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Occupational Therapy Holds First White Coat Ceremony

Occupational Therapy Holds First White Coat Ceremony
Students recite the Oath of an Occupational Therapist.

The Division of Occupational Science and Occupational Therapy hosted its inaugural White Coat Ceremony at the Pappas Quad on USC’s Health Science campus on Aug. 26.

In front of faculty, administrators, family and friends, more than 200 occupational therapy graduate students donned their new white coats, a traditional symbol of professional responsibilities in health care.

In her remarks to the students, USC associate dean and division chair Florence Clark described the white coat as a “symbol for an emergence into professional life, for the sacred contracts you will hold with your clients and for the requirements of ethical practice.”

Clark asked students to “fulfill the ethical obligations placed upon you, live up to your potential as excellent clinicians, and treat with the heart and soul of a healer.”

Because occupational science and occupational therapy is a division of the Herman Ostrow School of Dentistry of USC, Dean Avishai Sadan offered the keynote address. He congratulated the students and challenged them to fulfill the expectations that come with being an occupational therapist at the university.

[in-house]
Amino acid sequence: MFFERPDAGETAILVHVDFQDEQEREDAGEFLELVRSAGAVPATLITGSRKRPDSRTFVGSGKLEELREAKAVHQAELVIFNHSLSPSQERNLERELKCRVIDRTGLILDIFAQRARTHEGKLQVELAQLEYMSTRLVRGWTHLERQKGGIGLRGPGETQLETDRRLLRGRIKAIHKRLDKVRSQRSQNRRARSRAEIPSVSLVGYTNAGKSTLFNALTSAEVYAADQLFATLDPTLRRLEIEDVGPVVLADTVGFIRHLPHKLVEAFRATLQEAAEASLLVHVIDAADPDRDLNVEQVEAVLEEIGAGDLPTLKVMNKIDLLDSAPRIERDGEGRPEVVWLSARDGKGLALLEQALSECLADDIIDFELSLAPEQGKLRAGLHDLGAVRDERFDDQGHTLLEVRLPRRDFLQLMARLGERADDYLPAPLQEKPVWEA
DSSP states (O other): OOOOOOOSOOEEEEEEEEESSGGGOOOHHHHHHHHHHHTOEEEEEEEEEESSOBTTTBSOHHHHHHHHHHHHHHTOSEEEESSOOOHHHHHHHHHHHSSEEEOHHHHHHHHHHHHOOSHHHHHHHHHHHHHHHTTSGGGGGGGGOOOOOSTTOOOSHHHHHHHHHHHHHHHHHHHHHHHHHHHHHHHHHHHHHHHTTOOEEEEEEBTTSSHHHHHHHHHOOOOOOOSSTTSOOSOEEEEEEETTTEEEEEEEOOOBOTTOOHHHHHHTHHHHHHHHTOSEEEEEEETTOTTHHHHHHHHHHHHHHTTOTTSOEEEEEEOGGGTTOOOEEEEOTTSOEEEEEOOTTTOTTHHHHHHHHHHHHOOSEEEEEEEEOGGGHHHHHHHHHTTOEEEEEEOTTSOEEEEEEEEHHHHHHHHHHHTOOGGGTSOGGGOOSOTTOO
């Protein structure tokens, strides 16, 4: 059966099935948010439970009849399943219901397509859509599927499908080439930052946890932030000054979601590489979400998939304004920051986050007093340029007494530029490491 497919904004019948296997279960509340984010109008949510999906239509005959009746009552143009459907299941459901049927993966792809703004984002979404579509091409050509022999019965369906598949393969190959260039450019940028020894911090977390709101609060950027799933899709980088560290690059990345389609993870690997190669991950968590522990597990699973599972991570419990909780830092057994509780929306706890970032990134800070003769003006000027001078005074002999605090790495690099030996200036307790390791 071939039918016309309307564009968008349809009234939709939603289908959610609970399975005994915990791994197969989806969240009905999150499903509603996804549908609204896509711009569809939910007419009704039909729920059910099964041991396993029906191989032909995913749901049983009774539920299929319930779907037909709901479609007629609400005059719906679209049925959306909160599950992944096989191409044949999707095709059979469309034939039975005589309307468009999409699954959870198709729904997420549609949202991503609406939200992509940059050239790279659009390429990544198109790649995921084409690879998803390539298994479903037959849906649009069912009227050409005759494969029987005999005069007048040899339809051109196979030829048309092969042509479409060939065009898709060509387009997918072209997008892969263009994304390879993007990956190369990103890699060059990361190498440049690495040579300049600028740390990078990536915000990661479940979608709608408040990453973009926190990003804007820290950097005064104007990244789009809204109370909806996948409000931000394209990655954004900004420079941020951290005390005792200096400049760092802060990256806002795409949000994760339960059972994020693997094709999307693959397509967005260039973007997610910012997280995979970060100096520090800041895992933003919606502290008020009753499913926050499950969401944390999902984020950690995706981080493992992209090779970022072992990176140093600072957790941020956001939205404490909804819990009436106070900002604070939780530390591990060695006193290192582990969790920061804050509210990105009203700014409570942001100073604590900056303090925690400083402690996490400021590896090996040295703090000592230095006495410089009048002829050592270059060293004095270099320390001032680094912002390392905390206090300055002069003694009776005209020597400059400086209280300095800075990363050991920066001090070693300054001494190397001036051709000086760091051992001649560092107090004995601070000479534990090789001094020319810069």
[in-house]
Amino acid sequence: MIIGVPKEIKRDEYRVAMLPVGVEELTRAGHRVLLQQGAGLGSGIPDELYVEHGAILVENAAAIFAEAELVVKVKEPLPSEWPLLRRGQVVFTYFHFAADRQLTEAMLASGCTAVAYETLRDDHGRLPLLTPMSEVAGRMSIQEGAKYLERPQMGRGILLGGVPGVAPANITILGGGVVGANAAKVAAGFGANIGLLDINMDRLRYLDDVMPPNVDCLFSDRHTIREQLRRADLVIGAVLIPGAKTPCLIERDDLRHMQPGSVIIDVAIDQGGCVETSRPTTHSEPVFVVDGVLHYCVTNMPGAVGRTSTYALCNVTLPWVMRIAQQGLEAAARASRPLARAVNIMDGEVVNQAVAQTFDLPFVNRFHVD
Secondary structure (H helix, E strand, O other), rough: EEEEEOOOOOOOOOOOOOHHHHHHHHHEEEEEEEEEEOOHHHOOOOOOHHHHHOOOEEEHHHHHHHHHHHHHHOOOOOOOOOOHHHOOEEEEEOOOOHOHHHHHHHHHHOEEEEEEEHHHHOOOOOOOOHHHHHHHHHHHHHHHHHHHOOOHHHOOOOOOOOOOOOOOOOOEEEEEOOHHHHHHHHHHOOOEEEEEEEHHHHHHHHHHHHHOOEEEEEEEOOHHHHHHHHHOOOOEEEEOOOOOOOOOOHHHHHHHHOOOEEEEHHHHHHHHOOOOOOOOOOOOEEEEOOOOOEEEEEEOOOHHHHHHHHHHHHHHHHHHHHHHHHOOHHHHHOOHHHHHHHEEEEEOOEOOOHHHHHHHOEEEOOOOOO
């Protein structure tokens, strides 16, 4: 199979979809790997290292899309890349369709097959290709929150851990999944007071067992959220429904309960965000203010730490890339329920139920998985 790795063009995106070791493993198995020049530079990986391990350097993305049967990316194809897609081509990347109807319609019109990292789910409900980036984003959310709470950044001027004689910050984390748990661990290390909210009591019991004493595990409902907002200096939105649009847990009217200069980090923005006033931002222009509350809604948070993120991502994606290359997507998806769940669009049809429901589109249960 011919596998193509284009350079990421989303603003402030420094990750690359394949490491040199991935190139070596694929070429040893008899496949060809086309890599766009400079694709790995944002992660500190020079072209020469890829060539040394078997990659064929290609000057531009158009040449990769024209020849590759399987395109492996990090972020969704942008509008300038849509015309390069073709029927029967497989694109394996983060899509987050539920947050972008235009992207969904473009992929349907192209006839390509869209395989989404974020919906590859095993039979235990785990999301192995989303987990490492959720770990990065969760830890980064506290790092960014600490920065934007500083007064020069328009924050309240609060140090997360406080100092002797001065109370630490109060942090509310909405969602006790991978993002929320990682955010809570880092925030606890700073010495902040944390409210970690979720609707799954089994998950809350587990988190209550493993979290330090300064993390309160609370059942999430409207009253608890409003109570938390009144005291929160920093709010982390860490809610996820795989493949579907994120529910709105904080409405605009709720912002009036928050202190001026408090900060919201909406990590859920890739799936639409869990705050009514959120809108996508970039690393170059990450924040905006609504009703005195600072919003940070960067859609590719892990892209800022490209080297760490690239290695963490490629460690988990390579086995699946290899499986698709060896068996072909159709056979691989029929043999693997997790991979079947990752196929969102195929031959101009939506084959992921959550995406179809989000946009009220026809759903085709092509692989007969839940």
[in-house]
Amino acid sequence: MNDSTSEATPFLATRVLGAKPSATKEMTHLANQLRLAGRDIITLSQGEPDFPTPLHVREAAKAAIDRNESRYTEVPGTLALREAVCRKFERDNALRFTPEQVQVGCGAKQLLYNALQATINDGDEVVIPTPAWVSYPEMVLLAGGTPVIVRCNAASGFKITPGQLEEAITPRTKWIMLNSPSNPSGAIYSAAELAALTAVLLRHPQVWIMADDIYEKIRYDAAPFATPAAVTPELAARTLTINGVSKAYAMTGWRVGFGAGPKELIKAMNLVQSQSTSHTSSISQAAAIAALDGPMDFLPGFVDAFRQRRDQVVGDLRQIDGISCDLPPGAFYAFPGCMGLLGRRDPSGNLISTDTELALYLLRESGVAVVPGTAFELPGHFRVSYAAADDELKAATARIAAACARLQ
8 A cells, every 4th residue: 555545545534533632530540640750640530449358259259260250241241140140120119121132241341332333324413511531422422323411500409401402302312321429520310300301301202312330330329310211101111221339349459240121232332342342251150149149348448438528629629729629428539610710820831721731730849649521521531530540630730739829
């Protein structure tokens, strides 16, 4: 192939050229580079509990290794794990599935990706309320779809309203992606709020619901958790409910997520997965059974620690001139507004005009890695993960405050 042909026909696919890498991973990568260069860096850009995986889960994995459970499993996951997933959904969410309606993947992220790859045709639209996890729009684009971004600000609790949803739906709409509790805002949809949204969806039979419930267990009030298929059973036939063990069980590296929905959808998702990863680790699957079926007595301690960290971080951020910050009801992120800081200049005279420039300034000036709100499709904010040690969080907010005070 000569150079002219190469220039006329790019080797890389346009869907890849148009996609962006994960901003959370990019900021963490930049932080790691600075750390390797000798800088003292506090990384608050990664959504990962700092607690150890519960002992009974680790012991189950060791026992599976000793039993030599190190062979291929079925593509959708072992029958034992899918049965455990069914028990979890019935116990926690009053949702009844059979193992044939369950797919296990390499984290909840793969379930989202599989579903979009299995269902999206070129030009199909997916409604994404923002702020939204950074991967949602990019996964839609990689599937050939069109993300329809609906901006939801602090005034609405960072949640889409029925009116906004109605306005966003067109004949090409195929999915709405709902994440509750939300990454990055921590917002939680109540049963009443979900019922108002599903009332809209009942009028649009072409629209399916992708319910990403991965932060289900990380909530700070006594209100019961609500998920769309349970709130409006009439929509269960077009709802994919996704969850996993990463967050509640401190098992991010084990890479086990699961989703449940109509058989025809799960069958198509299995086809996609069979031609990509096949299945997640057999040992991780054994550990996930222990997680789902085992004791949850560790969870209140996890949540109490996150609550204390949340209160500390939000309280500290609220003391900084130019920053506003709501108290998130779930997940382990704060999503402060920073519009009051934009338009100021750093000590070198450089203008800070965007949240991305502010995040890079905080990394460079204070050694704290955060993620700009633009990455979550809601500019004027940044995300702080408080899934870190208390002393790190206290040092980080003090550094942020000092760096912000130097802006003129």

Together, the student body recited the Oath of an Occupational Therapist, a pledge that includes a commitment to “model and foster leadership, and facilitate spiritual, personal and professional growth in myself, my profession and in others.”

Undergraduate Max Swider said, “It is an honor to be in the first class of USC occupational therapists who experienced a White Coat Ceremony.”

Casey Neiman said the ceremony made the students feel “part of a health and wellness mission that’s bigger than ourselves.”

Thanks to its success, the division plans to conduct a White Coat Ceremony at the start of each academic year.

Occupational Therapy Holds First White Coat Ceremony

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